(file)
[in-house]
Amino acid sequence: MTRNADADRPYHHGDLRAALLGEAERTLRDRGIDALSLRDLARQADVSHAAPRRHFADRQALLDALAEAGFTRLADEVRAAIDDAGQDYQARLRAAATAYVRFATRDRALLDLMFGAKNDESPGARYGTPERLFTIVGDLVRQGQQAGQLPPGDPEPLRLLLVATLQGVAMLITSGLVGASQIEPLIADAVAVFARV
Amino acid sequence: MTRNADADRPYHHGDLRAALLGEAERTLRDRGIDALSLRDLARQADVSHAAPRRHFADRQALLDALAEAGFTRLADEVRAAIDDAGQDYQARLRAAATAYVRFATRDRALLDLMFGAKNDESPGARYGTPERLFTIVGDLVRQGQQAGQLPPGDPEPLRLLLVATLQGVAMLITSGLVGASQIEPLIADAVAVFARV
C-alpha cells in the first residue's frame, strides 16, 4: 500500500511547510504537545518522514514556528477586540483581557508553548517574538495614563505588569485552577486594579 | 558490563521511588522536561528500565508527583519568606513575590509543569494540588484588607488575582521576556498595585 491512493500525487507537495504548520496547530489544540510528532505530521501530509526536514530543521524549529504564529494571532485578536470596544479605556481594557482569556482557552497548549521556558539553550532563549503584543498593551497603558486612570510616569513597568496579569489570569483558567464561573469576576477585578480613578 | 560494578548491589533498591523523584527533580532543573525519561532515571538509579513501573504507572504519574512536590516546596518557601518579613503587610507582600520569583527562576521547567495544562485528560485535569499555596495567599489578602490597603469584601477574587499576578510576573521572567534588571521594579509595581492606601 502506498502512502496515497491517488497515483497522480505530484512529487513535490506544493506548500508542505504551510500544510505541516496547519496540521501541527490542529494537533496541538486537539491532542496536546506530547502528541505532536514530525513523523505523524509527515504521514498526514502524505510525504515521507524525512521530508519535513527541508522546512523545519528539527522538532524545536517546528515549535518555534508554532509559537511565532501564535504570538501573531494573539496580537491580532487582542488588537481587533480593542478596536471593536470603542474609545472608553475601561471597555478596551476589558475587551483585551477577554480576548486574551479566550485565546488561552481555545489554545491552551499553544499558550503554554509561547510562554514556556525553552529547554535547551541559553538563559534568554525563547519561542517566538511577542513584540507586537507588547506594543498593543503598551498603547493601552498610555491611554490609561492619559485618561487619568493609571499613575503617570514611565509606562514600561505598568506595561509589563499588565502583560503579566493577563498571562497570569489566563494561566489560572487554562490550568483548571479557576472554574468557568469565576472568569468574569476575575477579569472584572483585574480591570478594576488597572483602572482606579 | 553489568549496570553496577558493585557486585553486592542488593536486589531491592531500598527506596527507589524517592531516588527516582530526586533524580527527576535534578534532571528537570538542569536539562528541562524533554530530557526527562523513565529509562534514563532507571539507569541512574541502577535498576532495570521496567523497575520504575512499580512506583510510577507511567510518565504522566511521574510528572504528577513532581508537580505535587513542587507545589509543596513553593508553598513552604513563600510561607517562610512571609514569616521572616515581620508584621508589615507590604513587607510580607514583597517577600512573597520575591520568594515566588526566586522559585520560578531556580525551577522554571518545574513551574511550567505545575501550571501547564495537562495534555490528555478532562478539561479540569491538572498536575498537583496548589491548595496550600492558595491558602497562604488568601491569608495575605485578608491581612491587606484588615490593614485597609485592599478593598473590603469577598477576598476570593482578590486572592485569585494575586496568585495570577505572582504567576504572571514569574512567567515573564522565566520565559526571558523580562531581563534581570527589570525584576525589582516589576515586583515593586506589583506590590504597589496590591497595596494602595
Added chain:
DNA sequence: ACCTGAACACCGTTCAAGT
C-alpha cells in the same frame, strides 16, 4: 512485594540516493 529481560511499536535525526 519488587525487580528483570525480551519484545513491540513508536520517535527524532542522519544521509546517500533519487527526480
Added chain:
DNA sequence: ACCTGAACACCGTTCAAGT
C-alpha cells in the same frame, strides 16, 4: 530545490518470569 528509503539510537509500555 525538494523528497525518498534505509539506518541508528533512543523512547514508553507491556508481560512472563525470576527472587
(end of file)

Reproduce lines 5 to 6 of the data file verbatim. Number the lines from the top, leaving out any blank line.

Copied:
Added chain:
DNA sequence: ACCTGAACACCGTTCAAGT